For years, the U.S. cotton industry worked quietly at the World Trade Organization and in Washington to defend itself against charges the U.S. government unfairly subsidized its farmers and exporters.
Cotton industry leaders refrained from talking much about subsidies and unfair trading practices by other governments because they were busy trying to resolve complaints like the WTO case brought by Brazil. But those days may be coming to an end.
“For years the industry remained silent on Chinese policy because the Chinese were our largest customer while its government was rebuilding its stocks,” said Wally Darneille, outgoing chairman of the National Cotton Council, speaking at its annual meeting in Memphis, Tenn., Feb. 8.
“But when the Chinese government implemented multi-year policies which supported their farmers at almost twice the current world price, and limited our exports to China through their quota system, the industry had a change of heart.”
Darneille, a cooperative official from Lubbock, Texas, said the change has been building for some time. After dealing with the Brazil’s WTO case for nearly 10 years, the U.S. cotton industry was hit with a countervailing duty case from Peru in 2012. The Council helped defeat that claim in late 2013.
Last October, after the U.S. government signed a memorandum of understanding with Brazil, Turkey decided to file an anti-dumping investigation against U.S. cotton. While the claim must be answered by individual companies, the NCC has filed as an interested party and is providing background briefs.
“We realized that if the U.S. cotton industry does not speak in a united voice to object to the way other countries flaunt WTO rules while it seems that we alone pay attention to those rules in our agricultural policies, then those other countries’ policies threaten our very existence,” said Darneille.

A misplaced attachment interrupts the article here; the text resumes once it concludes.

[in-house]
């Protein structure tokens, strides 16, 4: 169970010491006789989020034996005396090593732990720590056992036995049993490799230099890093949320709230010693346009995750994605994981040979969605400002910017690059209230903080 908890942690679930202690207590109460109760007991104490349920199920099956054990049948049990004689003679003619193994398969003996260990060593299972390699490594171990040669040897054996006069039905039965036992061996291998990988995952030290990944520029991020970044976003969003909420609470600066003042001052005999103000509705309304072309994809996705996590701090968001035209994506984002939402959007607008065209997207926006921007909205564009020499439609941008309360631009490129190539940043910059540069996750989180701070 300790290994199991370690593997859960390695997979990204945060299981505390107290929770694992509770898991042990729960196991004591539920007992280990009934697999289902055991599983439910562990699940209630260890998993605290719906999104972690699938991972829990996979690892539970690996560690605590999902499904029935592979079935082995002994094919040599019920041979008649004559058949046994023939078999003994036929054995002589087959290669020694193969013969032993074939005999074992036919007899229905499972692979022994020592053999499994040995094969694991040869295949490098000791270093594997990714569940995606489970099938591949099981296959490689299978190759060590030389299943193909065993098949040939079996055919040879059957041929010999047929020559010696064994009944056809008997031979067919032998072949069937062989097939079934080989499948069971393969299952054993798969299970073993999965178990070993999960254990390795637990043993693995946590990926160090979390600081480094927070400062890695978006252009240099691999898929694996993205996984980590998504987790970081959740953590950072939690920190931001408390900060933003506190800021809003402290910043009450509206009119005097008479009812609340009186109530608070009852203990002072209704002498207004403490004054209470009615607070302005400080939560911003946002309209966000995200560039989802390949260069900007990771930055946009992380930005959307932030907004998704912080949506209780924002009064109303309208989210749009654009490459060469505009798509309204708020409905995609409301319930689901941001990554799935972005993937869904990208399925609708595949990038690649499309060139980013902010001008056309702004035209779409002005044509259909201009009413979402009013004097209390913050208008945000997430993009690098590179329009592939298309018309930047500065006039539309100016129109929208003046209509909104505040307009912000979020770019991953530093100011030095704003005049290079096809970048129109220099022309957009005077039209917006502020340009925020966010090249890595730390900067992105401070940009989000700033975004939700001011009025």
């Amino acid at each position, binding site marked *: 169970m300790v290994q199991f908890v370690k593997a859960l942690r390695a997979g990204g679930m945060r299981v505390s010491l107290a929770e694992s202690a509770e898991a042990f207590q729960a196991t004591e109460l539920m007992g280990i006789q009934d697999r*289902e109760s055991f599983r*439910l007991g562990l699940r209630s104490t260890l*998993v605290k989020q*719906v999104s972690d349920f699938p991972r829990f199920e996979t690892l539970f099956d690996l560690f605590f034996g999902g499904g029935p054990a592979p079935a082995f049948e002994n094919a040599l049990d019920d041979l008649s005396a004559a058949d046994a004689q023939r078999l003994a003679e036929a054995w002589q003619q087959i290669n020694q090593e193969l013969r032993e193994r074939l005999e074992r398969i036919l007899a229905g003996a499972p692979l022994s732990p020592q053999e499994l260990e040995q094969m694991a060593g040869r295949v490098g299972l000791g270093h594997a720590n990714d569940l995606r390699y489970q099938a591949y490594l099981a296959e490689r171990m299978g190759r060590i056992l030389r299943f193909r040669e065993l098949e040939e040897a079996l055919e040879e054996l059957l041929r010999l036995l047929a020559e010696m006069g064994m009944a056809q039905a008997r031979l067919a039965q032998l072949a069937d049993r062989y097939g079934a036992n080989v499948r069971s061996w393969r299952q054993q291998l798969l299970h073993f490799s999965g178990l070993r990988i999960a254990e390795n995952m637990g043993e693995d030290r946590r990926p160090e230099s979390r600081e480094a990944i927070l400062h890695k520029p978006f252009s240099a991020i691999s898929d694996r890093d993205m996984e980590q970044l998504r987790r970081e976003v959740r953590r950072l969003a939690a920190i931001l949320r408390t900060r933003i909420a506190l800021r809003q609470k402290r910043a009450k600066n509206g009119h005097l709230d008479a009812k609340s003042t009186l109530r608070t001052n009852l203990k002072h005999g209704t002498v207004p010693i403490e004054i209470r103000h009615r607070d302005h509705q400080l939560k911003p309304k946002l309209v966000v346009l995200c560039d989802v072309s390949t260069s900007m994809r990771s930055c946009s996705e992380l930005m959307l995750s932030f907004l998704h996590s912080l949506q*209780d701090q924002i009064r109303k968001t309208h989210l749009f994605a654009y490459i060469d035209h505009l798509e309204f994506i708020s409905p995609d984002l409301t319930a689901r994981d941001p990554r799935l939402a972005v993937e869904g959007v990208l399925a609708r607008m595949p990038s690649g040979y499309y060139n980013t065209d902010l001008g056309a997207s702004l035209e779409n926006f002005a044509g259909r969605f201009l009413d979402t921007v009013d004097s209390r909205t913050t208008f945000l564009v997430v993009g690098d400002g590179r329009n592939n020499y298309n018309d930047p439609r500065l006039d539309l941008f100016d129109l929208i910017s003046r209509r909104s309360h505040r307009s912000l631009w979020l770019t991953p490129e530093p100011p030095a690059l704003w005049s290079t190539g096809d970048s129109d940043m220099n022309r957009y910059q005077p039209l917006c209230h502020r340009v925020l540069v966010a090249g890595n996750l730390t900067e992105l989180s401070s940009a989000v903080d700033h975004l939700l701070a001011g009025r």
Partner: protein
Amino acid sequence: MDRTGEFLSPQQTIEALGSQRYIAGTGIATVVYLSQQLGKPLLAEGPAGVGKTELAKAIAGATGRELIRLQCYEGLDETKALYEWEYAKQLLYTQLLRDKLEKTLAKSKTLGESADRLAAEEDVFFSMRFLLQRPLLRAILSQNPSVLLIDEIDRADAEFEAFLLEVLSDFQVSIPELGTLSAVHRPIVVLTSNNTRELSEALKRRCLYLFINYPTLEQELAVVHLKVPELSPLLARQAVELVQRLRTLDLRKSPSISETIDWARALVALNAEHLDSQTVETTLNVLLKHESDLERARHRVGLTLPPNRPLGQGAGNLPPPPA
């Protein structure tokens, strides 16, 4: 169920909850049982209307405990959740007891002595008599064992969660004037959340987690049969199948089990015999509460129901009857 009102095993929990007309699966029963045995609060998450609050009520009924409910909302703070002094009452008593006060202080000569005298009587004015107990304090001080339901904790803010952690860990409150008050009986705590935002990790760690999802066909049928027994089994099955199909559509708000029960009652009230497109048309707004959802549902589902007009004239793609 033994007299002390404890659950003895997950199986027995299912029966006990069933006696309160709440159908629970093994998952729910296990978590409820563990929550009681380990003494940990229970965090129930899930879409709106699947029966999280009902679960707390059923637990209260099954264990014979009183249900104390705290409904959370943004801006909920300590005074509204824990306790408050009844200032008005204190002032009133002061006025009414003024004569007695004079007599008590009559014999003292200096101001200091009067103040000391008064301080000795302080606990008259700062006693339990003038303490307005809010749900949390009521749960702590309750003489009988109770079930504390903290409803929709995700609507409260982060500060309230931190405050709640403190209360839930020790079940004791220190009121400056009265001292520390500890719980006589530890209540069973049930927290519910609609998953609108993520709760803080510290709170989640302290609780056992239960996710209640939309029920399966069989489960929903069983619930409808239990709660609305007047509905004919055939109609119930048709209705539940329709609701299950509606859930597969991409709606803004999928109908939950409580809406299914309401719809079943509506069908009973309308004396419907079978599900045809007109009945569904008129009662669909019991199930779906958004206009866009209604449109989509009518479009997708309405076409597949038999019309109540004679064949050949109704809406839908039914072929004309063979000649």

“This year, during the Council’s annual trek to (WTO headquarters in) Geneva, Mark Lange and John Maguire were able to shift the global discussion from simply criticizing U.S. policies to looking realistically at the policies of countries like China, India, and Brazil.”
Darneille was delivering his last speech as chairman of the NCC, and Dr. Lange, the Council’s president and CEO, and Maguire, its senior vice president, Washington Operations, retired during the annual meeting. But the Council’s new leadership is expected to continue to stand up against predatory trade practices by other countries.
“This will be a multi-year fight,” said Darneille, a cooperative official from Lubbock, Texas, “but we are already seeing USTR (U.S. Trade Representative) begin to take a more assertive stance on cotton policies.”
He covered a number of topics in his chairman’s report, including the Council’s efforts to assist producers with implementing the provisions of the Agricultural Act of 2014.
“I used to think that was a simple concept, a routine matter of just putting into practice what had already been decided,” he said “Implementation has turned out to be a gargantuan task which may well overlap with the writing of the next farm bill (in 2018).